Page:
Celebrity PR Highlight: Eminem & Rihanna

I came across Jocelyn Noveck’s article via Twitter and had to take a look at some of the points she highlighted about Rihanna and Eminem’s song, “Love The Way You Lie.”

The controversy this song has stirred focuses on the lyrics and official music video and whether or not the they are portraying a “positive” perception of domestic violence and how it will influence listeners. In light of Rihanna’s 2009 domestic violence lawsuit with then-boyfriend Chris Brown, critics question whether or not the pop star really thought about her role in the song and her position as a female role model.

From my understanding of the lyrics, the song is about a physically abusive relationship. The two argue, fight, the boyfriend has struck the girlfriend in the past, they break up and then get back together—the cycle continues. As someone who has witnessed domestic violence, I can honestly say that this circle of leave and come back is how it goes. By making a song about it, Eminem really is shining light an issue that is plaguing the nation but remains in the dark due to the fact that most women will not report the abuse. The fact that Eminem has admitted to being in an abusive relationship with his ex-wife makes him a credible abuser/victim to present the topic to the general public, and if the intention was to raise awareness of how domestic violence escalates, I find the concept supportable.

rihanna-domestic-abuseSome of the conflict stems from the line, “I love the way it hurts” from Rihanna’s chorus. Critics speculate that this could be perceived as her promoting the negative idea that women actually like being physically abused.

The fact that these words are coming from an artist who recently encountered domestic abuse and never made a public stand against domestic violence or attempted to promote the awareness of battered women only feeds into the speculation. It could be said that, one could liken Rihanna to women who remain silent and fail to take actions to prevent further abuse due to the fact that it was widely published that she didn’t want to press charges against Chris Brown until her friends and label made her do so.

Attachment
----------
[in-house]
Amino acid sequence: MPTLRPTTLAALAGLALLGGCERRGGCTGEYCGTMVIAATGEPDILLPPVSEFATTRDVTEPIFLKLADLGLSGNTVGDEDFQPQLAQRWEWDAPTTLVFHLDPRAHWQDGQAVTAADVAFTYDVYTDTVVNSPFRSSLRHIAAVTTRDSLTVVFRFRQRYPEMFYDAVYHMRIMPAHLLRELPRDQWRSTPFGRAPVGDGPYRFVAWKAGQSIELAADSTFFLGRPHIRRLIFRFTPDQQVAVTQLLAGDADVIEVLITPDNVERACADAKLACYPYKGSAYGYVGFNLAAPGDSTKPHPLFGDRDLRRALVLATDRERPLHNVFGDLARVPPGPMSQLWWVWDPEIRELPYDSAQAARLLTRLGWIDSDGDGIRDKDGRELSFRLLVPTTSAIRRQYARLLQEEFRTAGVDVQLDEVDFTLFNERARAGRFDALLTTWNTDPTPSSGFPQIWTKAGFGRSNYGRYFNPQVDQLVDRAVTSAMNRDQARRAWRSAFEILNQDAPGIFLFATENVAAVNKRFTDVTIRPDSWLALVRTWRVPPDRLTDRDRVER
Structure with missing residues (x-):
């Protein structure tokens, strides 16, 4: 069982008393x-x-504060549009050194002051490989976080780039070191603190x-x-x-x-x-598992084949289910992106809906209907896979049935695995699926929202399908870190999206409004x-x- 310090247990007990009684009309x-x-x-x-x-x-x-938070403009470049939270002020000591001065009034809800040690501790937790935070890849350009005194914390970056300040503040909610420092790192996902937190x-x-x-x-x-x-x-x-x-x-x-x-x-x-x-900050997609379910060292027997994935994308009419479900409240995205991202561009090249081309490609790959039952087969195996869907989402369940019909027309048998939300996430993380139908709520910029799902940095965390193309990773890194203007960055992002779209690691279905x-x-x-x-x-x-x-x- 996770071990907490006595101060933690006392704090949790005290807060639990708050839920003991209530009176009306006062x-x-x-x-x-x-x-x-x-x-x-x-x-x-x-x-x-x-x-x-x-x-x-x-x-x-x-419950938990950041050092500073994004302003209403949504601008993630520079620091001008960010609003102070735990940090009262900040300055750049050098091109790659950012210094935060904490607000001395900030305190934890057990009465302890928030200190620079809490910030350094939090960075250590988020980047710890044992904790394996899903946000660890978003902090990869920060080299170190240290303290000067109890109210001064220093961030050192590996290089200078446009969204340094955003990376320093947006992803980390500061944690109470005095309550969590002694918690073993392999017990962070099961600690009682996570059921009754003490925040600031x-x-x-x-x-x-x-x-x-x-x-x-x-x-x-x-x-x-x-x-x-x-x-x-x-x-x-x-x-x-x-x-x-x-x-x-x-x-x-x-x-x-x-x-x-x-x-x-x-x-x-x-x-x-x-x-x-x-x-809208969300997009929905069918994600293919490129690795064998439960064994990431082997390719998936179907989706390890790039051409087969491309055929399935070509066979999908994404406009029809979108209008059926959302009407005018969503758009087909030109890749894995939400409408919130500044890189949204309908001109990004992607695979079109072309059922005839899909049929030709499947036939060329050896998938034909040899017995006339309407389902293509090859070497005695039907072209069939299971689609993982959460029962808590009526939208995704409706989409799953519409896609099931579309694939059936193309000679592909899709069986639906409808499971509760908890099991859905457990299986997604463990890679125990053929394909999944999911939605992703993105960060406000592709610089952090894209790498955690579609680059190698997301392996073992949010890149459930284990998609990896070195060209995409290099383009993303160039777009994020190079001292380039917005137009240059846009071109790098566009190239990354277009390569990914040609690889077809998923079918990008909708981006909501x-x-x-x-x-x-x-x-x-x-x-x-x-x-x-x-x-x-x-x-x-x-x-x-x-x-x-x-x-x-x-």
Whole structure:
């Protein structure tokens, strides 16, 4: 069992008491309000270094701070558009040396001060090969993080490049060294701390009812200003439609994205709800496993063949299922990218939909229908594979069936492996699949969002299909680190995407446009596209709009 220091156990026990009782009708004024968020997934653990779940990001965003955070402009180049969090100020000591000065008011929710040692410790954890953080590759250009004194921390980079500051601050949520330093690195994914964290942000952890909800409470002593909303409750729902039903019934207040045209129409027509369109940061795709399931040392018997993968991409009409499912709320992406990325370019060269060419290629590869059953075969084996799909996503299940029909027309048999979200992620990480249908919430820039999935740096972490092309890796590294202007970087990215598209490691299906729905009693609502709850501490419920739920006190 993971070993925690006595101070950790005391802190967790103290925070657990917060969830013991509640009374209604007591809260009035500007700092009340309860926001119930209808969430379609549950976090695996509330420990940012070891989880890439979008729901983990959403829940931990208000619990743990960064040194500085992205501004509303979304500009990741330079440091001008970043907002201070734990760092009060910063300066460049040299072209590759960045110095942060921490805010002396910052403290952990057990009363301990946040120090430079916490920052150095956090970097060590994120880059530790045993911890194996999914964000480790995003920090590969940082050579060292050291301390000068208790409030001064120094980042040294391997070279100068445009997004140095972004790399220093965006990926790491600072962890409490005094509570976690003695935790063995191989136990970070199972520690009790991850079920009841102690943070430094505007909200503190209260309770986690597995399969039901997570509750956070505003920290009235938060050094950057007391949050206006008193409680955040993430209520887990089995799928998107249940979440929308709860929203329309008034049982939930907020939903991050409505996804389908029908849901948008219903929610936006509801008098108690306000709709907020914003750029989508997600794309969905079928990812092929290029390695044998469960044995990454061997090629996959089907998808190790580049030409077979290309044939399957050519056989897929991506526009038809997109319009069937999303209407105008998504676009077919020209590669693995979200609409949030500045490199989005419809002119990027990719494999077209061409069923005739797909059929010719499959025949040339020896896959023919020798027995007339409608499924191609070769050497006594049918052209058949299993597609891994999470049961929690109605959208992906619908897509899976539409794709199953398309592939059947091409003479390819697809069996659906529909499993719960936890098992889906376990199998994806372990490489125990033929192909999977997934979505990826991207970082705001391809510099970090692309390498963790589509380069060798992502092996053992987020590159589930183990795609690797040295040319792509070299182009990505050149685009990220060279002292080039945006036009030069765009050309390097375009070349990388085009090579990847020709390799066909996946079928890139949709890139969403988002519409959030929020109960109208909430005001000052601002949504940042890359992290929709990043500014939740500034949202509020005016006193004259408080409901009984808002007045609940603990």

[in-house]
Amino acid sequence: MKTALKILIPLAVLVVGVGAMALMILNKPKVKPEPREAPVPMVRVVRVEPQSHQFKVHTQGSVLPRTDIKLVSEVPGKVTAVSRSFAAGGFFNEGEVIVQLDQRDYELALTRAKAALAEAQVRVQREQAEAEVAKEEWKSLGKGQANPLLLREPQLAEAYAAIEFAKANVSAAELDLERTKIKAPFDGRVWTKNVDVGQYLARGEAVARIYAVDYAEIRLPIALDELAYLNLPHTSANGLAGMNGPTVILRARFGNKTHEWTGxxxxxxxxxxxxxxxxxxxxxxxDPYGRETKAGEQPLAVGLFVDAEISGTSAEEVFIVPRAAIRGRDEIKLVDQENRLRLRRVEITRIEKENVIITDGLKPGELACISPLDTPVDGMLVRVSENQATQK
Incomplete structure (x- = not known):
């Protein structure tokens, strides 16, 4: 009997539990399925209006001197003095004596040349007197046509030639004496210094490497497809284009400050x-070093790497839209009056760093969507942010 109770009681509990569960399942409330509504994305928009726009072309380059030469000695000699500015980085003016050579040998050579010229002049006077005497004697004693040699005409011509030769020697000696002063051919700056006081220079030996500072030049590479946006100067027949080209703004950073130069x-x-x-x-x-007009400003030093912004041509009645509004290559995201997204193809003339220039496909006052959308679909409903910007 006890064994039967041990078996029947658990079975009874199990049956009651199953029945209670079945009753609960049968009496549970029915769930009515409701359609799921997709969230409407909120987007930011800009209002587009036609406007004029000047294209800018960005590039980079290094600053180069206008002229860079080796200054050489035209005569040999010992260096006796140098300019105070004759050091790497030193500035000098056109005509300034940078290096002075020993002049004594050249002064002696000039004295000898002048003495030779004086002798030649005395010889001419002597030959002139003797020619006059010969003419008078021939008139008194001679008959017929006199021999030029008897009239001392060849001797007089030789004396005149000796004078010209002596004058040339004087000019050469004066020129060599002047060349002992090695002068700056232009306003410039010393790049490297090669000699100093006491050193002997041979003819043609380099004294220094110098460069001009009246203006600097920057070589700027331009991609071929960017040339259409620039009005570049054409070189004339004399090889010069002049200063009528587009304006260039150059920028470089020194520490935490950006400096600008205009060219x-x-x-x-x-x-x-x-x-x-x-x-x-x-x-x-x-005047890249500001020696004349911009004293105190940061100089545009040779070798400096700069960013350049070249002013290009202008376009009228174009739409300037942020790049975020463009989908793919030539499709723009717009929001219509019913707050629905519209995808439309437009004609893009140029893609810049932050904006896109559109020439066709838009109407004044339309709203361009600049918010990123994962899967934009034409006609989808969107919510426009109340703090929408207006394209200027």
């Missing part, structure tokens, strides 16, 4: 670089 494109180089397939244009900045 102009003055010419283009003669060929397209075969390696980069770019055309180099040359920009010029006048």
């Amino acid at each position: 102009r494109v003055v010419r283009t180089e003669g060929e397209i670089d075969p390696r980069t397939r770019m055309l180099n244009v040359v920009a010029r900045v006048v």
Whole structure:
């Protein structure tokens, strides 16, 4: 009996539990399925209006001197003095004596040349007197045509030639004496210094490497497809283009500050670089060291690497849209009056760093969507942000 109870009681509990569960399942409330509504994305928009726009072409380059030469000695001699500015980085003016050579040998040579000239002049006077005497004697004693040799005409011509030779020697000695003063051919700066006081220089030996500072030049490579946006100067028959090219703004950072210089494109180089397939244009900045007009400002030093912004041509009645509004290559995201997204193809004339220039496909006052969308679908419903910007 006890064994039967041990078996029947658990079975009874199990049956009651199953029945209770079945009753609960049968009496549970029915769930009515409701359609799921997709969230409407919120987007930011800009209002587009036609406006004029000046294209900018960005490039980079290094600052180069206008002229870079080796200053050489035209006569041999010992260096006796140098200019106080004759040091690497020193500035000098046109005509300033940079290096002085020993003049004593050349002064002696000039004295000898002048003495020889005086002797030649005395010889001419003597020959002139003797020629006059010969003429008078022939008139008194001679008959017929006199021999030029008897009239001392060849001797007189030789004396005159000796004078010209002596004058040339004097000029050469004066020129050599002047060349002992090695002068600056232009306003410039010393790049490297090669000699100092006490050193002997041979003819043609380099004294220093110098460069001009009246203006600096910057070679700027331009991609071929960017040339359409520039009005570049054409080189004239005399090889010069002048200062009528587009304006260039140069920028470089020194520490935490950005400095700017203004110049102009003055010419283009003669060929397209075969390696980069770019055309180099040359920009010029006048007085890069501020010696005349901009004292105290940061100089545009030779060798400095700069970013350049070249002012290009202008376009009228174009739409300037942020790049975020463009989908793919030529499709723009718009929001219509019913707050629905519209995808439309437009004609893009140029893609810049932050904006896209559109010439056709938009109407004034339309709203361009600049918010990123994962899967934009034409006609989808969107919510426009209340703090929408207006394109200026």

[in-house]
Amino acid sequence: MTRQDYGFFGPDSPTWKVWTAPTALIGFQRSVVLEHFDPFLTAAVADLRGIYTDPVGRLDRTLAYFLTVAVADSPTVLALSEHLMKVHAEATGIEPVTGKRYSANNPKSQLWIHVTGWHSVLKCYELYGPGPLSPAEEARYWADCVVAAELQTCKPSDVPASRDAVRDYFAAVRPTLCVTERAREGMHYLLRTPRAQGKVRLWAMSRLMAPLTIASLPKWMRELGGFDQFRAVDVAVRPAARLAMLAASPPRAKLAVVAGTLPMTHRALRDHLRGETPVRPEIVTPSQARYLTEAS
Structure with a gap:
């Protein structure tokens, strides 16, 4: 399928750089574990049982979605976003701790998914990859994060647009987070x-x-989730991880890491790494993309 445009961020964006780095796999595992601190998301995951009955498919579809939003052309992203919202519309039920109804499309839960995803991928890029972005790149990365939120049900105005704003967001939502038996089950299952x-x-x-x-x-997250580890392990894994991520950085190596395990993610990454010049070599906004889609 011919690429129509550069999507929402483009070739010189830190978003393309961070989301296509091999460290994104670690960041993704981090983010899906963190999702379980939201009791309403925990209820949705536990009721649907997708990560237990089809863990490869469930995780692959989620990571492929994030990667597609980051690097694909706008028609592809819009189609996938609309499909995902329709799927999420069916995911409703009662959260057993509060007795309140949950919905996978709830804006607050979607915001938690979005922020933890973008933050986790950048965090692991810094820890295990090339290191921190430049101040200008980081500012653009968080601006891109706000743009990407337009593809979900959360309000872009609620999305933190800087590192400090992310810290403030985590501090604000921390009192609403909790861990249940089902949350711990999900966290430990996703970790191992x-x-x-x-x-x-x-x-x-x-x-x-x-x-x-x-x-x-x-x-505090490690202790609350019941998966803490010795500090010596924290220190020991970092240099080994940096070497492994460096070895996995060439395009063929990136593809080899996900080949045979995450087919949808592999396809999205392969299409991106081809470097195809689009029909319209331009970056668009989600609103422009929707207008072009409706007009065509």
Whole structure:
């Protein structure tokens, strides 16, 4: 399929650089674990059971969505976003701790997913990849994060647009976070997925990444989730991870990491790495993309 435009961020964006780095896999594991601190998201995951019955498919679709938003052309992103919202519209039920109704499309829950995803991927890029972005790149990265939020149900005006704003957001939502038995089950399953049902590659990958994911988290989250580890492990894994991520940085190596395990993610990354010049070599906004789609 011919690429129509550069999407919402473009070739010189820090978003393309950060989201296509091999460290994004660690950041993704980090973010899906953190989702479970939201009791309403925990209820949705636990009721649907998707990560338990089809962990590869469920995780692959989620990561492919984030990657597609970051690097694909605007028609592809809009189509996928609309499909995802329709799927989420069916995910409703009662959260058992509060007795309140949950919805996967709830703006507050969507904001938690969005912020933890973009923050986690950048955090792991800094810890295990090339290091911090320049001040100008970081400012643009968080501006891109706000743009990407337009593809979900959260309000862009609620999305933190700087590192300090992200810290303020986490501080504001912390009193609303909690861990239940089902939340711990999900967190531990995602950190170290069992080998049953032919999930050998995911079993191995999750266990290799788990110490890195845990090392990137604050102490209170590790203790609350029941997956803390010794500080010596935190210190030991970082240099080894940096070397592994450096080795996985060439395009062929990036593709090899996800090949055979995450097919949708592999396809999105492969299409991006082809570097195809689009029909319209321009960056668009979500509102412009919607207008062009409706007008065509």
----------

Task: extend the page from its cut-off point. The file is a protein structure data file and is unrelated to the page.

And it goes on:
Honestly, there are a few negative lines, but it is a song by Eminem. If the lyrics weren’t walking a thin line between danger, insanity, and karmic justice, I don’t think it would be an Eminem song. His ability to blatantly highlight the darkest truths and sell it has been one of his highest selling points when it comes to the Rap industry.

For this song, I feel that Rihanna was a good choice due to her vocals and past experience as well as the timeliness of the song’s release. The song releasing so close after her domestic violence case allowed it to quickly jump to the No. 1 spot on iTunes for over a month. The message and the manner in which it is presented is positive for her current “bad girl” image and suggests that even though she went through this hurtful experience, she is still pursuing her career and the fans support her.

The video producers could have done more to clarify that the song isn’t promoting domestic violence by including small message at the end of the video directing viewers to the National Domestic Violence hotline or by add a scene where lead female seeks help. Even if they still wanted to pursue the burning building ending, I think that adding the additional scene would have appeased critics to some extent and would at least offer an argumentative point in their favor. Overall, the video was pretty well-done in its simplicity and ability to engage. Rihanna’s red hair was a striking match to her blood red nails, and the male lead almost looked like Eminem, which often tricked the mind into wondering who the boyfriend referred to in the song actually was—the actor or Eminem?

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Yasheaka Oakley Owens

Yasheaka Oakley Owens is the owner of YOakleyPR, a woman-owned small business that provides public relations, social media, and online marketing support services to small businesses and 501(c)(3) nonprofit organizations in Southeastern Pennsylvania, Southern New Jersey and Delaware.

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  • You have a good point. “But I love him…” is a common excuse in cases of domestic violence, but it shouldn’t be a reason to tolerate physical or verbal abuse from your loved one.

  • There is an underlying message in the song, but critics have flipped it the way they see fit. “But I love him” is a line heard in every relationship whenever friends and family try to step in, not just when someone is being physically abused.